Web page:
The display is going to be one of the best overall features for the ThinkPad X1 Carbon. The 14-inch panel is larger than previous ThinkPad X laptops but it frankly isn't really noticed. The panel offers a very high 1600x900 native resolution that offers great color, contrast and brightness levels. Unlike most consumer laptops glossy coated displays to help bring out the colors when viewing media it uses anti-glare due to the harsh overhead lighting that is prone to glare and reflections. It may not be a full 1080p resolution as some other displays but it strikes a nice balance on size and legible text. Driving the graphics is the Intel HD Graphics 4000 that does a decent job for the average corporate applications. It does lack 3D performance and has limited ability to accelerate non-3D applications but it does support Quick Sync video for use with compatible video transcoding applications.
As with past Lenovo laptops, the keyboard here uses the isolated keyboard design that is one of the best in the industry. It offered a sturdy feel and accurate typing experience. My only gripe is a minor one with the left Fn key being outside of the Ctrl button. It also uses the combined trackpad and j-key pointer setup that has been on the ThinkPad models for ages. The trackpad portion is large and features integrated buttons but there are also dedicated buttons located just above it for use with the pointer. Since this is a corporate system, there is also a fingerprint reader for added security.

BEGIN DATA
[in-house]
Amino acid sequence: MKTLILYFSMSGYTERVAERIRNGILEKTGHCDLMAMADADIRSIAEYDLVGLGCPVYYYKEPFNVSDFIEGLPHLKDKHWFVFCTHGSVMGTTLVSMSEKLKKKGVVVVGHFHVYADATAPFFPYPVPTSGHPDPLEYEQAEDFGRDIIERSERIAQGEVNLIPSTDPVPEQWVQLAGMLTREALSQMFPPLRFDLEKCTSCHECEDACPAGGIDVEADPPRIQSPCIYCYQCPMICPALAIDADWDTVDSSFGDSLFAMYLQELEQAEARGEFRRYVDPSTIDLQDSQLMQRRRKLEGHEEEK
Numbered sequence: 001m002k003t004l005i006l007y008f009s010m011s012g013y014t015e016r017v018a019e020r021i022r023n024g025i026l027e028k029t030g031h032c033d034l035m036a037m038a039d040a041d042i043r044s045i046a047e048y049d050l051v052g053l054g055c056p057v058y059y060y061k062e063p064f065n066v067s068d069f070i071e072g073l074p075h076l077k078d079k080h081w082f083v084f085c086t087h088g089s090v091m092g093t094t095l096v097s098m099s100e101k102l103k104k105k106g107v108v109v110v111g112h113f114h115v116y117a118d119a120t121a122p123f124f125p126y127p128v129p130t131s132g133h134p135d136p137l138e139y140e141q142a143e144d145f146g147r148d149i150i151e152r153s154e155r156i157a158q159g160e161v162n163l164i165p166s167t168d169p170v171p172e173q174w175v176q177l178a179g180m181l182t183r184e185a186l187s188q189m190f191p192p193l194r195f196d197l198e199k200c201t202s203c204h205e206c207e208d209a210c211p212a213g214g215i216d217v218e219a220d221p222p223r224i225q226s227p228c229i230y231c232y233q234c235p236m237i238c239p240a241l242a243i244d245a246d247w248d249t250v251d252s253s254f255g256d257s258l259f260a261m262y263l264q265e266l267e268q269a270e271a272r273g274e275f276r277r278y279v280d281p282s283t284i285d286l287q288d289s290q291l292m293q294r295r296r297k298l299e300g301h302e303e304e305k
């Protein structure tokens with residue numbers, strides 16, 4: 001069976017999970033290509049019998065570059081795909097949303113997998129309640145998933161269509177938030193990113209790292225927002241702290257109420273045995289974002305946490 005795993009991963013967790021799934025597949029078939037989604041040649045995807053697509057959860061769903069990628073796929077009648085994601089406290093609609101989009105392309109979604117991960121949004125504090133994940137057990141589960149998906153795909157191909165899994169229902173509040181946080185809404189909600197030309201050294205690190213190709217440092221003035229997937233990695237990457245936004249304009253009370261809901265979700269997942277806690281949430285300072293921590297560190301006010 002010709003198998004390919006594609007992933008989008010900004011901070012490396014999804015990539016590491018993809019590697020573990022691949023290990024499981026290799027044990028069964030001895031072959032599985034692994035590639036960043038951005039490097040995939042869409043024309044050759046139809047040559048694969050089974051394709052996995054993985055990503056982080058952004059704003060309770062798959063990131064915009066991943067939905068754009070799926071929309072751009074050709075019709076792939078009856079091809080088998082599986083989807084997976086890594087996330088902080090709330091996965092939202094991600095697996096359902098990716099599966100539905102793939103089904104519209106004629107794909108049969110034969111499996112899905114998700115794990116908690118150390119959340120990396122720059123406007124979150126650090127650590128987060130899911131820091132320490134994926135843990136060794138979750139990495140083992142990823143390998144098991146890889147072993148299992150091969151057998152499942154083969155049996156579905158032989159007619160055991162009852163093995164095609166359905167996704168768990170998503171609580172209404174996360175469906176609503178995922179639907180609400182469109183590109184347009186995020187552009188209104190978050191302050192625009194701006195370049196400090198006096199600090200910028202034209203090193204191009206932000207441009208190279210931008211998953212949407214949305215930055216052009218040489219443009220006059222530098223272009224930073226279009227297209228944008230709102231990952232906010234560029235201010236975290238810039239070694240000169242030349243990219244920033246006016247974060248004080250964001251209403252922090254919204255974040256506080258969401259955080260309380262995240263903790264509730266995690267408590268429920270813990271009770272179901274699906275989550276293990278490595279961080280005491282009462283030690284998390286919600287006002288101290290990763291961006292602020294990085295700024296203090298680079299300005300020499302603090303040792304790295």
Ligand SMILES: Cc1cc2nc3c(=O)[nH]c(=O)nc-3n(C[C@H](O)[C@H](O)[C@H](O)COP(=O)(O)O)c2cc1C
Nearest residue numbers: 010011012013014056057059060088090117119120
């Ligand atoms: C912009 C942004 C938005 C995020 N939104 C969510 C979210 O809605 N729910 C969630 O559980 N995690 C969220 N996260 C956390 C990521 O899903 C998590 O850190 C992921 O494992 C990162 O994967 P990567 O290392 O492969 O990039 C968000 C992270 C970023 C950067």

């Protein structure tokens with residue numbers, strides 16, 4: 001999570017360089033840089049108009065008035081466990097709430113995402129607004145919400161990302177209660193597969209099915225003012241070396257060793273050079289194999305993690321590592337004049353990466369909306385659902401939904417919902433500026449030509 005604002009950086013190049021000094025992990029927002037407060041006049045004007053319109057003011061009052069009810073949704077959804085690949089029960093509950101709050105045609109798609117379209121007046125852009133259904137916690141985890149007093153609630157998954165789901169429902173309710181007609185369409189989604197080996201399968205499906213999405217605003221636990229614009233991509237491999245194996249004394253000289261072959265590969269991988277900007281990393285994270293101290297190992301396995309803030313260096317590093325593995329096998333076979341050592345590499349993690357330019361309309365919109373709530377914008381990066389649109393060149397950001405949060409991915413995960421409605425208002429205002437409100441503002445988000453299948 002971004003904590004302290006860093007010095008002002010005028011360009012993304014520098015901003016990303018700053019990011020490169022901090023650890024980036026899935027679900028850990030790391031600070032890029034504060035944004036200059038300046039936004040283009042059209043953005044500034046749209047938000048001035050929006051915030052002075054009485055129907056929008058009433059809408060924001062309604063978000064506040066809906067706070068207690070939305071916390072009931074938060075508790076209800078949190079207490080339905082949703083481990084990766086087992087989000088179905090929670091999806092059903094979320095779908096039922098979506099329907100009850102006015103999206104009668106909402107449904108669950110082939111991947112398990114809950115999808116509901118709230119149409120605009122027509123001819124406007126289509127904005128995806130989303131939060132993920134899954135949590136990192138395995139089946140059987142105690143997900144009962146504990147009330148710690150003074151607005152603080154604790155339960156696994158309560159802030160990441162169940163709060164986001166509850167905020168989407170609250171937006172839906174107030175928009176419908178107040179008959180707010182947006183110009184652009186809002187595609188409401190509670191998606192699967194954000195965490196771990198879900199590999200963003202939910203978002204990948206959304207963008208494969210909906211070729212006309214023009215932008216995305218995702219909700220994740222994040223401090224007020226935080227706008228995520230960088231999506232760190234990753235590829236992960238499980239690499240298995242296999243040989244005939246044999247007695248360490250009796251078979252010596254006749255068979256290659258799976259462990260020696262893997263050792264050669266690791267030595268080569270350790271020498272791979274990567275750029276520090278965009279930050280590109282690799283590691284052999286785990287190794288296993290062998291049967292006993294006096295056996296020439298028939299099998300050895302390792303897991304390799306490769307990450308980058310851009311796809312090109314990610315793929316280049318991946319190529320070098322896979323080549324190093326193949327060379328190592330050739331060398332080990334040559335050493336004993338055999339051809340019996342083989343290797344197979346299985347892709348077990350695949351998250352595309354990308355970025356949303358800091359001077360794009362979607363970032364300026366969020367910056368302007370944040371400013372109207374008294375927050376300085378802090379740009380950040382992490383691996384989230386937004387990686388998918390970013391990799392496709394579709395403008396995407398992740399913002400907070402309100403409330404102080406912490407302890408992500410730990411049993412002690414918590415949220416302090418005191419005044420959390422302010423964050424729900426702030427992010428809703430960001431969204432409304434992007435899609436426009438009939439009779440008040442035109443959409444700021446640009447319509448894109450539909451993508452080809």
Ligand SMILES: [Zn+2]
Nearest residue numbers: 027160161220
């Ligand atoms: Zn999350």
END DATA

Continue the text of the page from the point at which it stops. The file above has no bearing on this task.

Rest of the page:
The battery pack for the ThinkPad X1 Carbon is an internal one like most ultrabooks but has a relatively low 45WHr capacity rating. This was likely done as a means of keeping that laptop under the three pound weight. In my digital video playback tests, the laptop was able to run for just over four hours before going into standby mode. This is a bit slower than the Dell XPS 13 that but well below the six hours that the MacBook Air 13 was able to achieve. This isn't necessarily bad as it will likely last a whole day on the battery with the average corporate use but it would have been nice to see it at least match what Apple has achieved.
Pricing for the Lenovo ThinkPad X1 Carbon is on the premium side at $1499 as tested. This is roughly $200 more than a similar equipped Apple MacBook Air 13. It should be noted though that Lenovo provides a three year warranty on the system compared to Apple's one year so the pricing is similar if one were to buy the Apple Care extended warranty. Dell's XPS 13 is more affordable at roughly $1000 but it is still based on the second generation Intel processors and technology. There are obviously much more affordable ultrabooks out there but it would be hard to top the quality that Lenovo has put into this system.